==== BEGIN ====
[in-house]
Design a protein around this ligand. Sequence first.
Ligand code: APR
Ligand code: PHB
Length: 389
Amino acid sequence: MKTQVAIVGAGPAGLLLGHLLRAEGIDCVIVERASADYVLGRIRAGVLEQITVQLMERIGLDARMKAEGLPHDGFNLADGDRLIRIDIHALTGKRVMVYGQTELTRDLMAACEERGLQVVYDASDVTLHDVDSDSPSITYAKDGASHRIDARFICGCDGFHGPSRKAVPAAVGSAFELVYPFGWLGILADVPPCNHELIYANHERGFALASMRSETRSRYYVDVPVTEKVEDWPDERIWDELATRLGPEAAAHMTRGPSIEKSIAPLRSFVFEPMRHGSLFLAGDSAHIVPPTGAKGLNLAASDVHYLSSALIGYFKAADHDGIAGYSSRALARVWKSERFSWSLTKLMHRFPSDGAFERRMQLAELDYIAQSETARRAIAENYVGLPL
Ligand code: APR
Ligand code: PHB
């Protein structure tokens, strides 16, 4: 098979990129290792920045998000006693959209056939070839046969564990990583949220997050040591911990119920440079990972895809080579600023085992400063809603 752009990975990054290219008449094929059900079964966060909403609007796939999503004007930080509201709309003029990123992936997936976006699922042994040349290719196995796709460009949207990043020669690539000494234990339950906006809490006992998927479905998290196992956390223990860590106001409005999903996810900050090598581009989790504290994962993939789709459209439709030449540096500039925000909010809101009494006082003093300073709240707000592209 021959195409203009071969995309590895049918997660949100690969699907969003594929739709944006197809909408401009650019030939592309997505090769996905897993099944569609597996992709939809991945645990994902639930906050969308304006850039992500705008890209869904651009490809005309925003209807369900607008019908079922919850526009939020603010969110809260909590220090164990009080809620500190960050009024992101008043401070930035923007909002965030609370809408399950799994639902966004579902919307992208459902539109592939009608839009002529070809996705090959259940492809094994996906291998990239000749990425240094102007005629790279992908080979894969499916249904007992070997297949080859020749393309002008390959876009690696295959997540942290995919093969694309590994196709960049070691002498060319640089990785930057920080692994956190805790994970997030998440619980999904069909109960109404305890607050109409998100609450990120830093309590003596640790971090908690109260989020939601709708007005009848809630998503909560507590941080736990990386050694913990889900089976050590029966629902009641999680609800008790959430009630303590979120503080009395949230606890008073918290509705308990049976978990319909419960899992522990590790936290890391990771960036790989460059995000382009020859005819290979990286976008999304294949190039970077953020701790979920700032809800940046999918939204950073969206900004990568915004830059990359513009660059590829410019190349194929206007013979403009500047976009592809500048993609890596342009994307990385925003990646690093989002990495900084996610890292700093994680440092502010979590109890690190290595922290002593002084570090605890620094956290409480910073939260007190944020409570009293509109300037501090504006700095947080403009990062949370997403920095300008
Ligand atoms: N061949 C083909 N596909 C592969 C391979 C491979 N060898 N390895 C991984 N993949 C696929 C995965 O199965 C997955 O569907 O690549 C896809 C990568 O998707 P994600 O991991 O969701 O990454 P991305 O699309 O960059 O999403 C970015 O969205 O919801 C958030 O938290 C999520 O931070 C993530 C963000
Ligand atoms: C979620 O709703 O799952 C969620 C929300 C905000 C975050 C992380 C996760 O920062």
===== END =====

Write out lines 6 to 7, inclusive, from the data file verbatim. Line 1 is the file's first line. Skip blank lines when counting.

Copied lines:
Amino acid sequence: MKTQVAIVGAGPAGLLLGHLLRAEGIDCVIVERASADYVLGRIRAGVLEQITVQLMERIGLDARMKAEGLPHDGFNLADGDRLIRIDIHALTGKRVMVYGQTELTRDLMAACEERGLQVVYDASDVTLHDVDSDSPSITYAKDGASHRIDARFICGCDGFHGPSRKAVPAAVGSAFELVYPFGWLGILADVPPCNHELIYANHERGFALASMRSETRSRYYVDVPVTEKVEDWPDERIWDELATRLGPEAAAHMTRGPSIEKSIAPLRSFVFEPMRHGSLFLAGDSAHIVPPTGAKGLNLAASDVHYLSSALIGYFKAADHDGIAGYSSRALARVWKSERFSWSLTKLMHRFPSDGAFERRMQLAELDYIAQSETARRAIAENYVGLPL
Ligand code: APR